Thursday, March 2, 2017


Today, we visited a small town named Teleskof which is about 20 miles from Mosul--an Iraqi city which ISIS attacked and took over in 2014.  Mosul is a city of 3,500,000 people--the second largest city in Iraq.

Iraqi forces have regained the northern and eastern sections of the city, and have trapped the ISIS fighters in the western region.  It is hoped that within some weeks the ISIS fighters will have been fully eliminated from Mosul.  However, at a great price.  Hundreds of thousands of Mosul residents have fled from their city, and known now as displaced persons, are in many camps scattered all over northern Iraq.

But after almost three years of ISIS occupation, Mosul will need incredible assistance to allow its residents to return.  All of the infrastructure has been destroyed and needs to be either upgraded or replaced:  electricity, water, sanitation services, security protection, health services, schools, and the like.  It will be an enormous task to restore Mosul to pre-2014 days.

A house hit bit suicide bombers
Teleskof is a Christian town about 18 miles from Mosul, and it had about 1,400 families--nearly 10,000 people.  All fled in face of ISIS, and left their town empty and vacant.

However, some 200 families have returned to Teleskof and are beginning to rebuild their homes and town.  This photo shows a house blown up by suicide bombers.  While most houses were not bombed or shot up with weapons, they were damaged in other ways.  Some neighboring Arab villagers came in and looted the homes of the Christians.

A part of the town hit by bombs

This Christian town was a hub of trade, small workshops, food processing, and government services.  But some bombed areas will require massive amount of reconstruction to return to normal.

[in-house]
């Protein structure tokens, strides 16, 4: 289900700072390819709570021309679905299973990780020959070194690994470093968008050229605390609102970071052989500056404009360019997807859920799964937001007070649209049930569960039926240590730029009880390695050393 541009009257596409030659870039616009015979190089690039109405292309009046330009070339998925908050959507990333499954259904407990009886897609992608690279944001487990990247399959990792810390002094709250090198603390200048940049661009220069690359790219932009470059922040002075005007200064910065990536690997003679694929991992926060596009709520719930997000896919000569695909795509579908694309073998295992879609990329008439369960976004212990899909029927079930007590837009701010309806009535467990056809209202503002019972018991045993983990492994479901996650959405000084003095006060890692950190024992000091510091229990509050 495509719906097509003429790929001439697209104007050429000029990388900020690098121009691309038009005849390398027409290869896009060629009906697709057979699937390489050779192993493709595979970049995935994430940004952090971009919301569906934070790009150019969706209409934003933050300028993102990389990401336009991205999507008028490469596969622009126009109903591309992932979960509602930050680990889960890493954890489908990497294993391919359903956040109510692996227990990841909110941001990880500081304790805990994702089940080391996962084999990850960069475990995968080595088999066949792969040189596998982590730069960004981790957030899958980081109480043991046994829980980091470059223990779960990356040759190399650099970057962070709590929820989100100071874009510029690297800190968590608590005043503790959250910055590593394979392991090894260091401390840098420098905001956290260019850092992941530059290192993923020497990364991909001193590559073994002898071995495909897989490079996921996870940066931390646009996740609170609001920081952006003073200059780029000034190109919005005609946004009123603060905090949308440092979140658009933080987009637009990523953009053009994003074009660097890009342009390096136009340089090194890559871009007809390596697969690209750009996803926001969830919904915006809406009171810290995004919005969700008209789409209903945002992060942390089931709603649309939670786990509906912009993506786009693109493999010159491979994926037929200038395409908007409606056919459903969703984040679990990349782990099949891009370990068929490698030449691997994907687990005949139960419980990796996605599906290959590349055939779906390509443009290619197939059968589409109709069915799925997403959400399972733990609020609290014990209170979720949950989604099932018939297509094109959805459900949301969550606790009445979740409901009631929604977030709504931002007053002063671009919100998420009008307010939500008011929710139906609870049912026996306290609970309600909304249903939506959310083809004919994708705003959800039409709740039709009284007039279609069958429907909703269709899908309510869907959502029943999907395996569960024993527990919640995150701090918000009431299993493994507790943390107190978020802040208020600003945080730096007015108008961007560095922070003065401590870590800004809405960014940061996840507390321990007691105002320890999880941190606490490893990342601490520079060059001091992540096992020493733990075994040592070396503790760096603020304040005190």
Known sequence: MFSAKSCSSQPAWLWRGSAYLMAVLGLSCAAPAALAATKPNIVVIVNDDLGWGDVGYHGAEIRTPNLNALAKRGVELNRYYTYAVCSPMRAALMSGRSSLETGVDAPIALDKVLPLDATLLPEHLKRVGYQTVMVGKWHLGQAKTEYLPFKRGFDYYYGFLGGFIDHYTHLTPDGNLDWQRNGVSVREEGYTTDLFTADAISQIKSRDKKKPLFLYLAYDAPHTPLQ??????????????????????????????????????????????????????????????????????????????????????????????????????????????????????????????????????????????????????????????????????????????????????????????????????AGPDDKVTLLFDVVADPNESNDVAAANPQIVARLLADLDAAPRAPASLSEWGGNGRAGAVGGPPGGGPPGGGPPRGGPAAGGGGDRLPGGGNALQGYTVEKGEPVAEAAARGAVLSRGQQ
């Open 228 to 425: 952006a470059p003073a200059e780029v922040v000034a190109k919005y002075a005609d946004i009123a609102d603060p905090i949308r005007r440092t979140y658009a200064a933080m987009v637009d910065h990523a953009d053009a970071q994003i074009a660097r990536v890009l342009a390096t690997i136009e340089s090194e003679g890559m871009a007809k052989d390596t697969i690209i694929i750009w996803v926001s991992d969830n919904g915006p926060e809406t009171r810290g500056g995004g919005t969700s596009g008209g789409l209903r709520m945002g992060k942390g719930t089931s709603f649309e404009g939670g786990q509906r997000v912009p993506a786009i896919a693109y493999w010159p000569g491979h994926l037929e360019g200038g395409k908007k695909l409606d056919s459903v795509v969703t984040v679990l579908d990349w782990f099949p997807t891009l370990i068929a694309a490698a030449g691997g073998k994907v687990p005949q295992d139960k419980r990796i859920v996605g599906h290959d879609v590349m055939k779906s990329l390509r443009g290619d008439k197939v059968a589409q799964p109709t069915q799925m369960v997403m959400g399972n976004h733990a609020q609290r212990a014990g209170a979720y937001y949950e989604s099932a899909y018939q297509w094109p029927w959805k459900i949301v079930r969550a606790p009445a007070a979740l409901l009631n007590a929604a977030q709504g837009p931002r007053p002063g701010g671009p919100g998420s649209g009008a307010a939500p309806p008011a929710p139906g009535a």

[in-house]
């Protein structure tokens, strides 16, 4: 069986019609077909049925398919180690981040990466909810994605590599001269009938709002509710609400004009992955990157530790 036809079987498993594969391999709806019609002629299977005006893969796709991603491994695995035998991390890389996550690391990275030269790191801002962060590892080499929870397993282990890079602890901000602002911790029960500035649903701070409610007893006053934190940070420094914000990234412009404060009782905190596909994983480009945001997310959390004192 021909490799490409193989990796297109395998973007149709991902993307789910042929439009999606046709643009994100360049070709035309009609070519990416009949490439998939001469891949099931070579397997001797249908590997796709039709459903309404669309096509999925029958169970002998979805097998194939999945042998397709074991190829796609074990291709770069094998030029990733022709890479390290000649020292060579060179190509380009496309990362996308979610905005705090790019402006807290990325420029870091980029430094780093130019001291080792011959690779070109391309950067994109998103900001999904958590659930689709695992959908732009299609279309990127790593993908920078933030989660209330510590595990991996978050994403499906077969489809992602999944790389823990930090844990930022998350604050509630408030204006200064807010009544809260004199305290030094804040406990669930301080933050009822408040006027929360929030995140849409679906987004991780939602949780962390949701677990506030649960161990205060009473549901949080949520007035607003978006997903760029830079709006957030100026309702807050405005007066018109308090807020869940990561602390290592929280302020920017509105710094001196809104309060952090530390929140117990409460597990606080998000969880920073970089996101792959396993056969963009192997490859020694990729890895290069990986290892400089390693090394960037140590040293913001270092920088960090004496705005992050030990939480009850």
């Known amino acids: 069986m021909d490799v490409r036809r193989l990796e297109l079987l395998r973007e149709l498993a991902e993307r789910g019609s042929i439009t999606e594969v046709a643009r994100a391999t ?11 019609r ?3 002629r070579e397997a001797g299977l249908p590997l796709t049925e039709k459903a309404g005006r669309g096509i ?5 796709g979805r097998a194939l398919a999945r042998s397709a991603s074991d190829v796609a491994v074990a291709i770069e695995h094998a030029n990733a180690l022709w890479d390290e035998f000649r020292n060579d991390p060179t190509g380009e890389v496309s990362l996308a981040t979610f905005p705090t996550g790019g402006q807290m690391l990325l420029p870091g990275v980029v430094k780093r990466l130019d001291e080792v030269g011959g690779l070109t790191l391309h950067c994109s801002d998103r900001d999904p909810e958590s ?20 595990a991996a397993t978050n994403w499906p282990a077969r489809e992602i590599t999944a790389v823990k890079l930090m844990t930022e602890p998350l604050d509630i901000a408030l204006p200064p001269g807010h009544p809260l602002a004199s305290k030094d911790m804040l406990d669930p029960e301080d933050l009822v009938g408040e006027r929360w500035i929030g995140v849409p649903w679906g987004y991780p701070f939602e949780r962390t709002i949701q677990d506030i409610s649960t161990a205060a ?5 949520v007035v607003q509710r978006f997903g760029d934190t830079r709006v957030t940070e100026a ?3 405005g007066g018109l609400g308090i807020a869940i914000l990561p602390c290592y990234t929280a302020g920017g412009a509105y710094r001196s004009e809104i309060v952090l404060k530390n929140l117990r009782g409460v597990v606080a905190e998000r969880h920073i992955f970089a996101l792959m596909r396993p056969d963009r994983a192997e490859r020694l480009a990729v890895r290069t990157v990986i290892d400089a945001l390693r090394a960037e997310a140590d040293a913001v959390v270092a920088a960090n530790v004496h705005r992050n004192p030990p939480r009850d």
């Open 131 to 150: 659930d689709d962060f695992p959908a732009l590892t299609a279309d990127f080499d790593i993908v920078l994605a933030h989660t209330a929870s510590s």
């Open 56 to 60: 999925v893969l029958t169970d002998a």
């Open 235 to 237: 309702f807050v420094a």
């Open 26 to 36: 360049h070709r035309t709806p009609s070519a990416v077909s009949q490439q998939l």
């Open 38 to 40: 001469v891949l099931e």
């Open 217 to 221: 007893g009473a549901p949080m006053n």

Some of the leaders of the group have returned and have begun to reestablish their town.

A family which returned to their home
We visited one house where the family has returned, and they are so glad to be home.  The concept of "home" is a universal gift and priority for all of us.

Inside the towns Catholic Church
The Christian Church was not damaged, and the priest comes twice a month for Mass.  However, he is planning to return to the town full-time and to encourage other members of the community to return as well.  Some of the local leaders are seen in this photo.

We then met at the offices of Caritas Iraq with a group of women from Teleskof who were living away from their town, and who were engaged in discussions about their past situation and their future.  They were outspoken in their desire to return home, but adamant about certain conditions being met:  there must be adequate security to assure them that no further violence would come to their town; the basic services would have to be restored--water, electricity, health clinics, and schools; and that some type of assurance that neighboring Arab towns would not create new problems for them.  CRS continues to support Caritas Iraq and they serve many people jointly.

A vast displaced persons camp
On the way back to Erbil we passed a very large camp for displaced persons.
Young people playing volleyball in the camp

[For more information on the wonderful work of CRS, visit: ]